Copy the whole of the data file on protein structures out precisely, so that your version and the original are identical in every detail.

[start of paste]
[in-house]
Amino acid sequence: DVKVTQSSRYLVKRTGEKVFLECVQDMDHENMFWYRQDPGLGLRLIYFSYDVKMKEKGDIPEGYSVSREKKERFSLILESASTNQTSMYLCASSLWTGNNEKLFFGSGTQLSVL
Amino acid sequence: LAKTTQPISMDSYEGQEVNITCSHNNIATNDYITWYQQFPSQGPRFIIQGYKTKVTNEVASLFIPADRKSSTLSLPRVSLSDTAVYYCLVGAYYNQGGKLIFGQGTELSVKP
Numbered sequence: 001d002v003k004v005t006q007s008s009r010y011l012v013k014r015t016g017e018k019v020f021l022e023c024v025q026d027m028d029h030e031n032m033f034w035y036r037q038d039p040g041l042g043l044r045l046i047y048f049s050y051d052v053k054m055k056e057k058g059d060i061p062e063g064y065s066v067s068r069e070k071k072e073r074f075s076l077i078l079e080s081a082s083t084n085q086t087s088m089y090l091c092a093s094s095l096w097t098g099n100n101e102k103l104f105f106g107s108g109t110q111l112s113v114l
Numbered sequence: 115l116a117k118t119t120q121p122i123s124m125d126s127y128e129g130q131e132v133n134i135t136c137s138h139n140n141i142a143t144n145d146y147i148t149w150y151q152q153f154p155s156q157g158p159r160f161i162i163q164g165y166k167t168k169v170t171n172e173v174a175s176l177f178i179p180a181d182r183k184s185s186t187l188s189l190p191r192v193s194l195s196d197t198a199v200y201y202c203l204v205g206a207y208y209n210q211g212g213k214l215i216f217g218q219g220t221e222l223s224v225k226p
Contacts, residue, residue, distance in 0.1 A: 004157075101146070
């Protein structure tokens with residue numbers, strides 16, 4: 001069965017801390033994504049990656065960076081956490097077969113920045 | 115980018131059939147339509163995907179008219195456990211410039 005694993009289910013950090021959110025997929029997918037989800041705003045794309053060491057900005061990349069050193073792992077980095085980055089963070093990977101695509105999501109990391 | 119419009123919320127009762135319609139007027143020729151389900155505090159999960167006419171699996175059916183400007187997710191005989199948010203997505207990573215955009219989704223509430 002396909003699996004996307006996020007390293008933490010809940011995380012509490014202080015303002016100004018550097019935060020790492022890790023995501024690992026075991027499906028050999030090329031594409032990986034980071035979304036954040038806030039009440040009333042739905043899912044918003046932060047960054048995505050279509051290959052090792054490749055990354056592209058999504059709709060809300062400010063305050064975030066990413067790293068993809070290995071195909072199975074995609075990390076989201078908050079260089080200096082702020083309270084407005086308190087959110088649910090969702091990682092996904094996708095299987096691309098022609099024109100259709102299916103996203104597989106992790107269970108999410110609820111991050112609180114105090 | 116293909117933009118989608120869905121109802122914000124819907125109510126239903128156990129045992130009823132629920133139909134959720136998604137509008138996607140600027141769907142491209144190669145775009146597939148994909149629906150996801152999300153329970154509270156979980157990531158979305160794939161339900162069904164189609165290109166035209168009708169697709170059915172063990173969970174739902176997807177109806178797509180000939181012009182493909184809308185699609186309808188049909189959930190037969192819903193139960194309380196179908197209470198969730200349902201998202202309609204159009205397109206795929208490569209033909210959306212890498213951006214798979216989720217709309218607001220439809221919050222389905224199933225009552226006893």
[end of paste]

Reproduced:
[in-house]
Amino acid sequence: DVKVTQSSRYLVKRTGEKVFLECVQDMDHENMFWYRQDPGLGLRLIYFSYDVKMKEKGDIPEGYSVSREKKERFSLILESASTNQTSMYLCASSLWTGNNEKLFFGSGTQLSVL
Amino acid sequence: LAKTTQPISMDSYEGQEVNITCSHNNIATNDYITWYQQFPSQGPRFIIQGYKTKVTNEVASLFIPADRKSSTLSLPRVSLSDTAVYYCLVGAYYNQGGKLIFGQGTELSVKP
Numbered sequence: 001d002v003k004v005t006q007s008s009r010y011l012v013k014r015t016g017e018k019v020f021l022e023c024v025q026d027m028d029h030e031n032m033f034w035y036r037q038d039p040g041l042g043l044r045l046i047y048f049s050y051d052v053k054m055k056e057k058g059d060i061p062e063g064y065s066v067s068r069e070k071k072e073r074f075s076l077i078l079e080s081a082s083t084n085q086t087s088m089y090l091c092a093s094s095l096w097t098g099n100n101e102k103l104f105f106g107s108g109t110q111l112s113v114l
Numbered sequence: 115l116a117k118t119t120q121p122i123s124m125d126s127y128e129g130q131e132v133n134i135t136c137s138h139n140n141i142a143t144n145d146y147i148t149w150y151q152q153f154p155s156q157g158p159r160f161i162i163q164g165y166k167t168k169v170t171n172e173v174a175s176l177f178i179p180a181d182r183k184s185s186t187l188s189l190p191r192v193s194l195s196d197t198a199v200y201y202c203l204v205g206a207y208y209n210q211g212g213k214l215i216f217g218q219g220t221e222l223s224v225k226p
Contacts, residue, residue, distance in 0.1 A: 004157075101146070
């Protein structure tokens with residue numbers, strides 16, 4: 001069965017801390033994504049990656065960076081956490097077969113920045 | 115980018131059939147339509163995907179008219195456990211410039 005694993009289910013950090021959110025997929029997918037989800041705003045794309053060491057900005061990349069050193073792992077980095085980055089963070093990977101695509105999501109990391 | 119419009123919320127009762135319609139007027143020729151389900155505090159999960167006419171699996175059916183400007187997710191005989199948010203997505207990573215955009219989704223509430 002396909003699996004996307006996020007390293008933490010809940011995380012509490014202080015303002016100004018550097019935060020790492022890790023995501024690992026075991027499906028050999030090329031594409032990986034980071035979304036954040038806030039009440040009333042739905043899912044918003046932060047960054048995505050279509051290959052090792054490749055990354056592209058999504059709709060809300062400010063305050064975030066990413067790293068993809070290995071195909072199975074995609075990390076989201078908050079260089080200096082702020083309270084407005086308190087959110088649910090969702091990682092996904094996708095299987096691309098022609099024109100259709102299916103996203104597989106992790107269970108999410110609820111991050112609180114105090 | 116293909117933009118989608120869905121109802122914000124819907125109510126239903128156990129045992130009823132629920133139909134959720136998604137509008138996607140600027141769907142491209144190669145775009146597939148994909149629906150996801152999300153329970154509270156979980157990531158979305160794939161339900162069904164189609165290109166035209168009708169697709170059915172063990173969970174739902176997807177109806178797509180000939181012009182493909184809308185699609186309808188049909189959930190037969192819903193139960194309380196179908197209470198969730200349902201998202202309609204159009205397109206795929208490569209033909210959306212890498213951006214798979216989720217709309218607001220439809221919050222389905224199933225009552226006893």